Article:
None hung back; shoulder to shoulder on they came
     Like a long lurid cloud that o'er the sky
     Cronion trails in wild midwinter-tide.
     On that battalion moved, with thunderous tread
     Of tramping feet: a little above the earth
     Rose up the dust; the breeze swept it aside
     Drifting away behind the men.  There went
400  A sound confused of voices with them, like
     The hum of bees that murmur round the hives,
     And multitudinous panting, and the gasp
     Of men hard-breathing.  Exceeding glad the sons
     Of Atreus, glorying in them, saw that wall
     Unwavering of doom-denouncing war.
     In one dense mass against the city-gate
     They hurled themselves, with twibills strove to breach
     The long walls, from their hinges to upheave
     The gates, and dash to earth.  The pulse of hope
410  Beat strong in those proud hearts.  But naught availed
     Targes nor levers, when Aeneas' might
     Swung in his hands a stone like a thunderbolt,
     Hurled it with uttermost strength, and dashed to death
     All whom it caught beneath the shields, as when
     A mountain's precipice-edge breaks off and falls
     On pasturing goats, and all that graze thereby
     Tremble; so were those Danaans dazed with dread.
     Stone after stone he hurled on the reeling ranks,
     As when amid the hills Olympian Zeus
420  With thunderbolts and blazing lightnings rends
     From their foundations crags that rim a peak,
     And this way, that way, sends them hurtling down;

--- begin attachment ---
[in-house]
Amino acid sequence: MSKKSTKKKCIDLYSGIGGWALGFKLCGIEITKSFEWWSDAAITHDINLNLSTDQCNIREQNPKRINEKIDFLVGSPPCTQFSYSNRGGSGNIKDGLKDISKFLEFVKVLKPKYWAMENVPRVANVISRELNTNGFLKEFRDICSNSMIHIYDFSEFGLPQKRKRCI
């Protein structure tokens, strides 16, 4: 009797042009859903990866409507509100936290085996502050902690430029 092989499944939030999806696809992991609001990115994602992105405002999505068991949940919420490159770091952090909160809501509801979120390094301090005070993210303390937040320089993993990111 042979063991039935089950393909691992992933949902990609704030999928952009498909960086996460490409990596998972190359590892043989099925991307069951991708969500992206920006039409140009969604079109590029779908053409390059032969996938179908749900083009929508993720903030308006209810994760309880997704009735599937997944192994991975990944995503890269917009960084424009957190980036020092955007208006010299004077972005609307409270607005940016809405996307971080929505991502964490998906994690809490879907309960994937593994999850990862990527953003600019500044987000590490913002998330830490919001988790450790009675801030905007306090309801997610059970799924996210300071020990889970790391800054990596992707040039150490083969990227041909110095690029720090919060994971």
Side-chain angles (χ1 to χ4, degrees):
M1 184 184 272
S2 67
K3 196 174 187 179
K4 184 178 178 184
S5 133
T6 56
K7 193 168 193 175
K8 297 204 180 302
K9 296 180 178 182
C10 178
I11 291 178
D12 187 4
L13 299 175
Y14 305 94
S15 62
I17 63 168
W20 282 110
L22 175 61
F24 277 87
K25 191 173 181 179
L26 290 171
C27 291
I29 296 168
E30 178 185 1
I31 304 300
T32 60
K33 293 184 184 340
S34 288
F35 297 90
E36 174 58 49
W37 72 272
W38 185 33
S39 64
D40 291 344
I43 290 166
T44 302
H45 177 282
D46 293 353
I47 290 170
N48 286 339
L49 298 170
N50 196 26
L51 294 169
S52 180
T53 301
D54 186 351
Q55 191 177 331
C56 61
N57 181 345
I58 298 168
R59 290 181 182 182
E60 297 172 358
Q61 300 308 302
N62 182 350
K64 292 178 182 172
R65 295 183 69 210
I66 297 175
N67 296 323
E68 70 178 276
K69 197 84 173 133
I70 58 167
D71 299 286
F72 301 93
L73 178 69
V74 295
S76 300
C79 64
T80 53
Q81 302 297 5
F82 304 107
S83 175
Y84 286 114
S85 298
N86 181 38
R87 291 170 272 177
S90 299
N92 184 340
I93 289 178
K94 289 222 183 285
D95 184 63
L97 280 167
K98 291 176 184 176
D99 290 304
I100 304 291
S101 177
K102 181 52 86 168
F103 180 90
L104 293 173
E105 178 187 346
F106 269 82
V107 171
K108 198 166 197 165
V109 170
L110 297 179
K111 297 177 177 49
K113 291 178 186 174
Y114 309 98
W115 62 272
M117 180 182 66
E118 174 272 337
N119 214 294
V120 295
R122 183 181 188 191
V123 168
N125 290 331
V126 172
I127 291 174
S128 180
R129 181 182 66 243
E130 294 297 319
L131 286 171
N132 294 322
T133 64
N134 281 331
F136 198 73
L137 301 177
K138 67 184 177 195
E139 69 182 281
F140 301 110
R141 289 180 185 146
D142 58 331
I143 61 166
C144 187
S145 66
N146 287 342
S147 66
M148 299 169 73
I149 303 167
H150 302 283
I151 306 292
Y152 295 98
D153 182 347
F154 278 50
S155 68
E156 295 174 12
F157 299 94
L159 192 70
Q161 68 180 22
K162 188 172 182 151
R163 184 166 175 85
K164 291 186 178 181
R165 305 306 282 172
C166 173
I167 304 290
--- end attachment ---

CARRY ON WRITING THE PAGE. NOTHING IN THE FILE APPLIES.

Then the flocks tremble, scattering in wild flight;
     So quailed the Achaeans, when Aeneas dashed
     To sudden fragments all that battle-wall
     Moulded of adamant shields, because a God
     Gave more than human strength.  No man of them
     Could lift his eyes unto him in that fight,
     Because the arms that lapped his sinewy limbs
430  Flashed like the heaven-born lightnings.  At his side
     Stood, all his form divine in darkness cloaked,
     Ares the terrible, and winged the flight
     Of what bare down to the Argives doom or dread.
     He fought as when Olympian Zeus himself
     From heaven in wrath smote down the insolent bands
     Of giants grim, and shook the boundless earth,
     And sea, and ocean, and the heavens, when reeled
     The knees of Atlas neath the rush of Zeus.
     So crumbled down beneath Aeneas' bolts
440  The Argive squadrons.  All along the wall
     Wroth with the foeman rushed he: from his hands
     Whatso he lighted on in onslaught-haste
     Hurled he; for many a battle-staying bolt
     Lay on the walls of those staunch Dardan men.
     With such Aeneas stormed in giant might,
     With such drave back the thronging foes.  All round
     The Trojans played the men.  Sore travail and pain
     Had all folk round the city: many fell,
     Argives and Trojans.  Rang the battle-cries:
450  Aeneas cheered the war-fain Trojans on
     To fight for home, for wives, and their own souls
     With a good heart: war-staunch Achilles' son
     Shouted: "Flinch not, ye Argives, from the walls,
     Till Troy be taken, and sink down in flames!"
     And round these twain an awful measureless roar
     Rang, daylong as they fought: no breathing-space
     Came from the war to them whose spirits burned,
     These, to smite Ilium, those, to guard her safe.